Police are deploying spotters at restaurants, bars to enforce 6pm drinking ban

Owners and organisers face being jailed for up to six months if caught out.

The South African Police Service (SAPS) has appointed spotters to be placed at liquor selling outlets to ensure they abide by the new trading times imposed by government this week.

In an attempt to combat the spread of the Covid-19 virus, places that sell liquor, including bottle stores, taverns, pubs and restaurants, must stop selling liquor from 6pm on weekdays and 1pm on weekends and public holidays.

No more than 50 people can be gathered at these liquor-selling outlets. Should this be violated, owners and organisers could be jailed for up to six months.

This was outlined in the new regulations that were gazetted earlier this week, which listed a number of directives to combat the global pandemic since it was declared a national state of emergency by President Cyril Ramaphosa on Sunday.

But the SAPS will keep a close eye on 19,971 taverns, 11,000 bottle stores, 9,747 restaurants and 2,518 night clubs, Cele said.

Speaking at a media briefing with Cele was Justice and Correctional Services Minister Ronald Lamola in Pretoria. Cele said police would be clamping down on those who violate the new regulations.

“As from [today], as SAPS, we are appointing spotters. Those spotters will be in these places, especially places that sell both alcohol and food … At 6pm [and 1pm on weekends], the selling of alcohol shuts down. But in places where food is sold, food selling continues after. If you buy a bottle of alcohol at 5:55pm, you have to take it home. You can’t finish it where you are seated.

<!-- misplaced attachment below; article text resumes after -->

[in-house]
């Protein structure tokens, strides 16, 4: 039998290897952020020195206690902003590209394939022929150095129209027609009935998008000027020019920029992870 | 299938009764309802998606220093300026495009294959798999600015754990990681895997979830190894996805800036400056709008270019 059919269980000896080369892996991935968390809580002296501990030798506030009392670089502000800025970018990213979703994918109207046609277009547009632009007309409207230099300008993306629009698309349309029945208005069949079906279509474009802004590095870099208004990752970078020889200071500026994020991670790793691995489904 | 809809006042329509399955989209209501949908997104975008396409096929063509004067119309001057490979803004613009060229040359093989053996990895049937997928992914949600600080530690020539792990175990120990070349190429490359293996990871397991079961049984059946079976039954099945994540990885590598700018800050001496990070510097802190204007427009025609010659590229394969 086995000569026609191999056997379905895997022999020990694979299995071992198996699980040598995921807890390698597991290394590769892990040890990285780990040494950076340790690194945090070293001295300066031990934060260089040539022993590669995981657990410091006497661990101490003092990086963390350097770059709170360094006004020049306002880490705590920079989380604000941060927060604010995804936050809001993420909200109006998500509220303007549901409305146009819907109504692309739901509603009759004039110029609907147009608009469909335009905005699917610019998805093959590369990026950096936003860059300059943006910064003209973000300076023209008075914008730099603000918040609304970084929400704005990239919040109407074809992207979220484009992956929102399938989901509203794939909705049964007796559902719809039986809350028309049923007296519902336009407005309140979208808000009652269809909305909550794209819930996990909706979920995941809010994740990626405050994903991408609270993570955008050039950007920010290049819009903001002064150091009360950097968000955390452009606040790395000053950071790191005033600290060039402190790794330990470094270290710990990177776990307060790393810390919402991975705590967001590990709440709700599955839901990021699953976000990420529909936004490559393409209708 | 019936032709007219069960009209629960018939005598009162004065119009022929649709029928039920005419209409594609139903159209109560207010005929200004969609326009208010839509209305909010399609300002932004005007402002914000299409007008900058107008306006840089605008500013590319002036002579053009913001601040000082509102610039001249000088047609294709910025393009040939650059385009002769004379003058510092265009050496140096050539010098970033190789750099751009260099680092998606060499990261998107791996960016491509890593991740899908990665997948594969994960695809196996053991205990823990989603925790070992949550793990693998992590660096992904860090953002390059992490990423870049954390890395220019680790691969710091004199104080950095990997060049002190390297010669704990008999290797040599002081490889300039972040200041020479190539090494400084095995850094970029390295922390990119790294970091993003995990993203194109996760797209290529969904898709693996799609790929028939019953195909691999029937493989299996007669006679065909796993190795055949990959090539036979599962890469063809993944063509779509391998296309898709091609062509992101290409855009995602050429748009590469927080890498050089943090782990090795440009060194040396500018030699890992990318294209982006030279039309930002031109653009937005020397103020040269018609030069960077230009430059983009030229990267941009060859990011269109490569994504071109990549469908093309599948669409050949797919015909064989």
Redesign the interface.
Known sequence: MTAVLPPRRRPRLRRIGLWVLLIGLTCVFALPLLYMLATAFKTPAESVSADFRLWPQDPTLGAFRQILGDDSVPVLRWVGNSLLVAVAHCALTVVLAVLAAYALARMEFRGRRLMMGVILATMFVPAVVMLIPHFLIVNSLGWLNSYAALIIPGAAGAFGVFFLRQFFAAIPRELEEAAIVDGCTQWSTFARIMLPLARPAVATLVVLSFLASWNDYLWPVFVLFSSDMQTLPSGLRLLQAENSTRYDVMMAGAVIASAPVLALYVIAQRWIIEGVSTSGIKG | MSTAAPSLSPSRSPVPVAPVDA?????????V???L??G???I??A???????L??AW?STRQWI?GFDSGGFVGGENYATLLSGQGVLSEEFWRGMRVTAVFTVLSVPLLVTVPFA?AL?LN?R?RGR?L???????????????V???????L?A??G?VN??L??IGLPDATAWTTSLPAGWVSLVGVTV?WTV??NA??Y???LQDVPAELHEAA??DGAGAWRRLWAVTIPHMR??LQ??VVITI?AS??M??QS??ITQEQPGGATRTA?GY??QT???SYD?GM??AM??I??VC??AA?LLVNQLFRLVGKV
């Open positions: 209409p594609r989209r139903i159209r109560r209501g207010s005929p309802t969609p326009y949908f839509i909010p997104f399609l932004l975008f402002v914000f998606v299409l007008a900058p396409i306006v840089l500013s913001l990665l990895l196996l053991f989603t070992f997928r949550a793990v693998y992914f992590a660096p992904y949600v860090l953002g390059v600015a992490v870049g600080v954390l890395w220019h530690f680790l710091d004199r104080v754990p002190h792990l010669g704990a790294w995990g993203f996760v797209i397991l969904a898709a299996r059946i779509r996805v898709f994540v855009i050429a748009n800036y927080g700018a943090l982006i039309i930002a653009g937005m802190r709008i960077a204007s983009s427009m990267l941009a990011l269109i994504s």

“We will have these spotters and will make sure that if you break those laws, police will disperse the people there if they are more than 50 and we will take detention of the owner or organiser of the event,” Cele said.

The spreading of fake news related to the Covid-19 outbreak could also be prosecuted. Cele said they had the means to trace such false information.

“It might take some time but police have the capacity of chasing fake news. We do have the units in SAPS that can trace the origin of the fake news and how far it spreads. If it is declared as fake news, we will check that and trace it … With other agencies in the security cluster, we have the capacity to check on these things.”

Lamola said his department was ensuring all correctional services centres and the courts were disinfected several times a day. Visits to all correctional service facilities were suspended for 30 days, and this included visits to holdings cells at police stations.

He said four correctional services officials who had travelled recently were currently in isolation.

“We are looking at officials who travelled outside the country. Four officials from KwaZulu-Natal and Gauteng have been isolated as precaution after displaying presumptuous symptoms.”

“The department of correctional services has not reported any positive cases of Covid-10 across all centres in the country. We will continue to take preventative measures that are aimed at combating the spread of the virus.”

– rorisangk@citizen.co.za

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